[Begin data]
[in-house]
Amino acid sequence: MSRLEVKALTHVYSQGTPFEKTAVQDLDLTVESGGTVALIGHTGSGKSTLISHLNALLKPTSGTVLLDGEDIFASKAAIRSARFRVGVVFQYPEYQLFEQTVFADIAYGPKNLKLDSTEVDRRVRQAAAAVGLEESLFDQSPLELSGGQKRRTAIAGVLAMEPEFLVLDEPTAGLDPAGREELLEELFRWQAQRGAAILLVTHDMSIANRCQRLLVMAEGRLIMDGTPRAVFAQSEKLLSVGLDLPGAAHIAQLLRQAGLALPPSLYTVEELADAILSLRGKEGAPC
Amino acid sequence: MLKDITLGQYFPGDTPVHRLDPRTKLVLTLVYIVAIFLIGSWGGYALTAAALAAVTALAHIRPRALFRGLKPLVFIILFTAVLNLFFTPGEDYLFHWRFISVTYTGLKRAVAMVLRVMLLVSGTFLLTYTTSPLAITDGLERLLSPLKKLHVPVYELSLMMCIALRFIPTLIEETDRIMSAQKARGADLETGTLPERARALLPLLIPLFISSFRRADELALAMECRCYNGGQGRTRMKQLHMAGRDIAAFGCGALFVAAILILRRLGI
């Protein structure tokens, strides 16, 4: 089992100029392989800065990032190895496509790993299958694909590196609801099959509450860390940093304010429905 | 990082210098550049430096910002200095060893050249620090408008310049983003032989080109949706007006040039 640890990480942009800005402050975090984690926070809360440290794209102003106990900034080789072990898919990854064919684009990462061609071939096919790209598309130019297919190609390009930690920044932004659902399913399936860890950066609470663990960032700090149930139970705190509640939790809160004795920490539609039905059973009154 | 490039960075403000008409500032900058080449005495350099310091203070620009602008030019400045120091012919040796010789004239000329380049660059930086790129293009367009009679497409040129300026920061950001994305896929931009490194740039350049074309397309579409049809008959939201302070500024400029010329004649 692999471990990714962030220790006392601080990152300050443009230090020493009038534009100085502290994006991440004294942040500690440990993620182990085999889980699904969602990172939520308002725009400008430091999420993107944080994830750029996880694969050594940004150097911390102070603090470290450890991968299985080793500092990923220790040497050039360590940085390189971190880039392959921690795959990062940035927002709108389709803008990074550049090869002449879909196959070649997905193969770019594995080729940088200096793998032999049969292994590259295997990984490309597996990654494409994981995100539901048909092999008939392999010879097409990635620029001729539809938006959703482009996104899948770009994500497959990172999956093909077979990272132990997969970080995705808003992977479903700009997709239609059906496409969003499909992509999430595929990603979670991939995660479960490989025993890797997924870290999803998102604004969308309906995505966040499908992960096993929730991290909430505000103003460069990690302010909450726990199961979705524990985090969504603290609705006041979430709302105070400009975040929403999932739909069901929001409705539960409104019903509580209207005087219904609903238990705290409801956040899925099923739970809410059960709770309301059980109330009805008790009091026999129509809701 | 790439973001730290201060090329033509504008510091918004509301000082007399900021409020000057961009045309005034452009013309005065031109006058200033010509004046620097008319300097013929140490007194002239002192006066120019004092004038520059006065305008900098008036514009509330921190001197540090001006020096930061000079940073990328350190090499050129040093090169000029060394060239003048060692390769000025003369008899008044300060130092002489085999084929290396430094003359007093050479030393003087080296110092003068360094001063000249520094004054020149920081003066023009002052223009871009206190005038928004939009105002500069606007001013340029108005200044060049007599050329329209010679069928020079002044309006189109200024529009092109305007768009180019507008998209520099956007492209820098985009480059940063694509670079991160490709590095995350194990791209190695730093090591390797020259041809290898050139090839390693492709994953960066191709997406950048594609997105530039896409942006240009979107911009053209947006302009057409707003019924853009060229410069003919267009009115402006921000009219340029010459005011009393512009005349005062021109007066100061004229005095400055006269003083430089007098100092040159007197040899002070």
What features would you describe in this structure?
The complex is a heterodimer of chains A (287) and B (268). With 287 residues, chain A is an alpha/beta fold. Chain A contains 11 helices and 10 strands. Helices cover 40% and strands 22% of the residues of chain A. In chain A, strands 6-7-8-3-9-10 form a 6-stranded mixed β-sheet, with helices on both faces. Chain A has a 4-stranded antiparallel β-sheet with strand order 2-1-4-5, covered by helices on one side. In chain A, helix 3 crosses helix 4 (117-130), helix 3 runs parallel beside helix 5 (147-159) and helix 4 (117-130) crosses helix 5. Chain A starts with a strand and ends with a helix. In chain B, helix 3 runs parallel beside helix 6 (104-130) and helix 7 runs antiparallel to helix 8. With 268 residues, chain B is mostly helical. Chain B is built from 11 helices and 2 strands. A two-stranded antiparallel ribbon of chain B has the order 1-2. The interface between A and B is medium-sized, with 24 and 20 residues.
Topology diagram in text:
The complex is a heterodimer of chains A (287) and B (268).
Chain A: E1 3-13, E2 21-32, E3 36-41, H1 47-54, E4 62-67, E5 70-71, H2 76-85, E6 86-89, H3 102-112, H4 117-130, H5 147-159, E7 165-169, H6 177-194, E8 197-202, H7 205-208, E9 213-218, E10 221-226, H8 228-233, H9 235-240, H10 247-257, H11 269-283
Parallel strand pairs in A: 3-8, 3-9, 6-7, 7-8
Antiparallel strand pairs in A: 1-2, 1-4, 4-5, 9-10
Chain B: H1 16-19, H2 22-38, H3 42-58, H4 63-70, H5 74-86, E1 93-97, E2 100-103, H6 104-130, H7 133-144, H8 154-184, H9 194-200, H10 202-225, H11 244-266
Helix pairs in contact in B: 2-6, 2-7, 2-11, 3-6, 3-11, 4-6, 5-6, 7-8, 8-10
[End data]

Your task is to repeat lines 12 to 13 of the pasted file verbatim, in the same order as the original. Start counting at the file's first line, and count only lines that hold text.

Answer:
Chain B: H1 16-19, H2 22-38, H3 42-58, H4 63-70, H5 74-86, E1 93-97, E2 100-103, H6 104-130, H7 133-144, H8 154-184, H9 194-200, H10 202-225, H11 244-266
Helix pairs in contact in B: 2-6, 2-7, 2-11, 3-6, 3-11, 4-6, 5-6, 7-8, 8-10